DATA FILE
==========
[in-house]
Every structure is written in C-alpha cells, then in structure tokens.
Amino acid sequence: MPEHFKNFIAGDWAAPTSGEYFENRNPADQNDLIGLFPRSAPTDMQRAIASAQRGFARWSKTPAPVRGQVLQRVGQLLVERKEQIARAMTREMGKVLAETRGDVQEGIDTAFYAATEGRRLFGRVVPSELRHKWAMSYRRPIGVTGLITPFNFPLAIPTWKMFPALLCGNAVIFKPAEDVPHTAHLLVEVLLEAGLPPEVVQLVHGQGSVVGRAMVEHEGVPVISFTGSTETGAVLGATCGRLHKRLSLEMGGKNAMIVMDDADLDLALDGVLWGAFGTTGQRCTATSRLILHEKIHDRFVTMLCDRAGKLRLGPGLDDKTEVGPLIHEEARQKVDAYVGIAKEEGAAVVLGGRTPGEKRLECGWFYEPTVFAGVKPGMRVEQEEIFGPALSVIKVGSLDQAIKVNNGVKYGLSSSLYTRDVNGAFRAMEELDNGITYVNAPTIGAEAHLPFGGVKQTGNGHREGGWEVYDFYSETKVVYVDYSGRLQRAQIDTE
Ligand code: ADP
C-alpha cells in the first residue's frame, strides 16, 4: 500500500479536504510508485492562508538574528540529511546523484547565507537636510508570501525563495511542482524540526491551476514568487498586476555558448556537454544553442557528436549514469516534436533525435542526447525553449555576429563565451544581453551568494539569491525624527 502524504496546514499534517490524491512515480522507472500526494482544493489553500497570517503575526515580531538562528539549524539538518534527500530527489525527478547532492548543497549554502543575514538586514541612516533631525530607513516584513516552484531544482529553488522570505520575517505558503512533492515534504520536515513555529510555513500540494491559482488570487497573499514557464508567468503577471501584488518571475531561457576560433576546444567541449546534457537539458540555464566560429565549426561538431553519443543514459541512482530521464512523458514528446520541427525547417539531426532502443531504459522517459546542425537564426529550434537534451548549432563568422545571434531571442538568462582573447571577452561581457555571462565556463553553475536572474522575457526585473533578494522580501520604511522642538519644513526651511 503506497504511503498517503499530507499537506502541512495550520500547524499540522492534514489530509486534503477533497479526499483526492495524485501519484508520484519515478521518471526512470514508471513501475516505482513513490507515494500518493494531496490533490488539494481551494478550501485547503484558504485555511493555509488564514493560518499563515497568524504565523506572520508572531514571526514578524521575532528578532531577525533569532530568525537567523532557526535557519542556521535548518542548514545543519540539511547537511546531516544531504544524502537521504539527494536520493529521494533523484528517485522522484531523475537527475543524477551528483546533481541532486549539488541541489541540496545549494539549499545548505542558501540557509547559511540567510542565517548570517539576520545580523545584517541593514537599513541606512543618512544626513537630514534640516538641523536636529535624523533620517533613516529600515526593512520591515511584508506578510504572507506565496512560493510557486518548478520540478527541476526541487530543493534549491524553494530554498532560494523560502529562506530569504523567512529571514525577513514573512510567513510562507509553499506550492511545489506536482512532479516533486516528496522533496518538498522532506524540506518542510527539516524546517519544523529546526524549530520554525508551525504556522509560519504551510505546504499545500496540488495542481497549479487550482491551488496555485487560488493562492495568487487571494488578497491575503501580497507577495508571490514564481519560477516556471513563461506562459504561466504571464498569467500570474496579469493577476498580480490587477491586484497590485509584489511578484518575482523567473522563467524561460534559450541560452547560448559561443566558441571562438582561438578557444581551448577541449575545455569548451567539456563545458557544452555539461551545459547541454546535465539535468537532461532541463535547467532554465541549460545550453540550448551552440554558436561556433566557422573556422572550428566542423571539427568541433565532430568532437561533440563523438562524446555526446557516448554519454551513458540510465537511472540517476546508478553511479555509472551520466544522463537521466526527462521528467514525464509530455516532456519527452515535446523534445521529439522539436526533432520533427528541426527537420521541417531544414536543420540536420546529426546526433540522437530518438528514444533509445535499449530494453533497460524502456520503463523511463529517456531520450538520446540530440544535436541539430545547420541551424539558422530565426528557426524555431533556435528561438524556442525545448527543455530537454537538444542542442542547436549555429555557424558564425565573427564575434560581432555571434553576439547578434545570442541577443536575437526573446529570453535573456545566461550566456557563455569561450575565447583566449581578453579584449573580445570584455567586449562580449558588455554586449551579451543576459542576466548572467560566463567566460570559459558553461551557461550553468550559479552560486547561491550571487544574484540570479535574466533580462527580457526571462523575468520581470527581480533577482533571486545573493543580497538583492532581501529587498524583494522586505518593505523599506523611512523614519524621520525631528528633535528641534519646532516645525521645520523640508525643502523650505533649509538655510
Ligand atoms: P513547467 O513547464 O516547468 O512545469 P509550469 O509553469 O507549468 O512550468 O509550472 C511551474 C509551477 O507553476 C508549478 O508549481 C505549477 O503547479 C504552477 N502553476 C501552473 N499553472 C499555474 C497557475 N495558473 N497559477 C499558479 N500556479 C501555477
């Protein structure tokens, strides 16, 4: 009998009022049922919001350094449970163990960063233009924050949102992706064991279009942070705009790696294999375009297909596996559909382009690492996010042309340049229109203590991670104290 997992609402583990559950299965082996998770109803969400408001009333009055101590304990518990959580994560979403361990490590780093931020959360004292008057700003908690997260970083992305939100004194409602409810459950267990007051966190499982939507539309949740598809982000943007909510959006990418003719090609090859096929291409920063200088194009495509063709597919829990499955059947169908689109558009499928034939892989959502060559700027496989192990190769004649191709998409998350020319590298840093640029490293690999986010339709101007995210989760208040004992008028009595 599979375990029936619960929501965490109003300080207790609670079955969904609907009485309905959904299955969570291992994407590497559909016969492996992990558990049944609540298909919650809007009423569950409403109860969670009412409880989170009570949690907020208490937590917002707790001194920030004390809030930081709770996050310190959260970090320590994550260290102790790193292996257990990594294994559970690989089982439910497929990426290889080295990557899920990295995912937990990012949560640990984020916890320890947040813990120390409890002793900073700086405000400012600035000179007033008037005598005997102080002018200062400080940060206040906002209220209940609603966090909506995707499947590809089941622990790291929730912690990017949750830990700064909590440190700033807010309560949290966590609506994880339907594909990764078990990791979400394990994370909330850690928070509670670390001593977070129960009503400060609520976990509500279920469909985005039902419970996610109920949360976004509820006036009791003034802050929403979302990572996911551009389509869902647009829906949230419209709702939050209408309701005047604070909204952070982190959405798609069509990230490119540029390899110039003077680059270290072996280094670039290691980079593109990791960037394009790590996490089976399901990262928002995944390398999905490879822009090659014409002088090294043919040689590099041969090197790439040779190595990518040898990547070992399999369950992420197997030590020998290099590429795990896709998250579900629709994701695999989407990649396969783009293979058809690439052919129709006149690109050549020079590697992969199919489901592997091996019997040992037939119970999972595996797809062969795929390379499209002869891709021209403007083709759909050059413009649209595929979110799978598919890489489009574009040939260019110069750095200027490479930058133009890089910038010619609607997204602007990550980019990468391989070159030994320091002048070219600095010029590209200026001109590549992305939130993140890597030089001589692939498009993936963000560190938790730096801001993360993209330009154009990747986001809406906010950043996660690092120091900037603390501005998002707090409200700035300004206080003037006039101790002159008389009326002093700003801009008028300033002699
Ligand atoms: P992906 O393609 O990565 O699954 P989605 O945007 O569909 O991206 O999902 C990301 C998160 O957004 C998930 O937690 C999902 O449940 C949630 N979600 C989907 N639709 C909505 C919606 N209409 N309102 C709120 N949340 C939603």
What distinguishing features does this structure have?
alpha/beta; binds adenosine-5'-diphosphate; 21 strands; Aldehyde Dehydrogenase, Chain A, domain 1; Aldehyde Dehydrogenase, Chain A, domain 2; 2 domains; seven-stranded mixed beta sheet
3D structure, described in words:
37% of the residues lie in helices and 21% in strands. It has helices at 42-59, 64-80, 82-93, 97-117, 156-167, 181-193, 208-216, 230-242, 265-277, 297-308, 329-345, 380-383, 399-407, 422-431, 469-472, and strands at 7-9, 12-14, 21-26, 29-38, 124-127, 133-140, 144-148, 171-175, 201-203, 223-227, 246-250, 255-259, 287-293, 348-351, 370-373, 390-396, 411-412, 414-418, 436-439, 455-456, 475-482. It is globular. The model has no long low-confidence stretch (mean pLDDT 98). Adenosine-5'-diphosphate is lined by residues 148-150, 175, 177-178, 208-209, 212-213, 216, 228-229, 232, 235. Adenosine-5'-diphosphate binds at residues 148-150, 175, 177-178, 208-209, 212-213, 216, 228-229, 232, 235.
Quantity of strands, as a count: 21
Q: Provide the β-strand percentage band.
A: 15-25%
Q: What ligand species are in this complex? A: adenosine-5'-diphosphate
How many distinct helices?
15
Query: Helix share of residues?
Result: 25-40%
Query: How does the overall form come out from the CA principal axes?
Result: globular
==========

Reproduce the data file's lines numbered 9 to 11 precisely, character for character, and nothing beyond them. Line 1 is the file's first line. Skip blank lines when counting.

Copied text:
What distinguishing features does this structure have?
alpha/beta; binds adenosine-5'-diphosphate; 21 strands; Aldehyde Dehydrogenase, Chain A, domain 1; Aldehyde Dehydrogenase, Chain A, domain 2; 2 domains; seven-stranded mixed beta sheet
3D structure, described in words: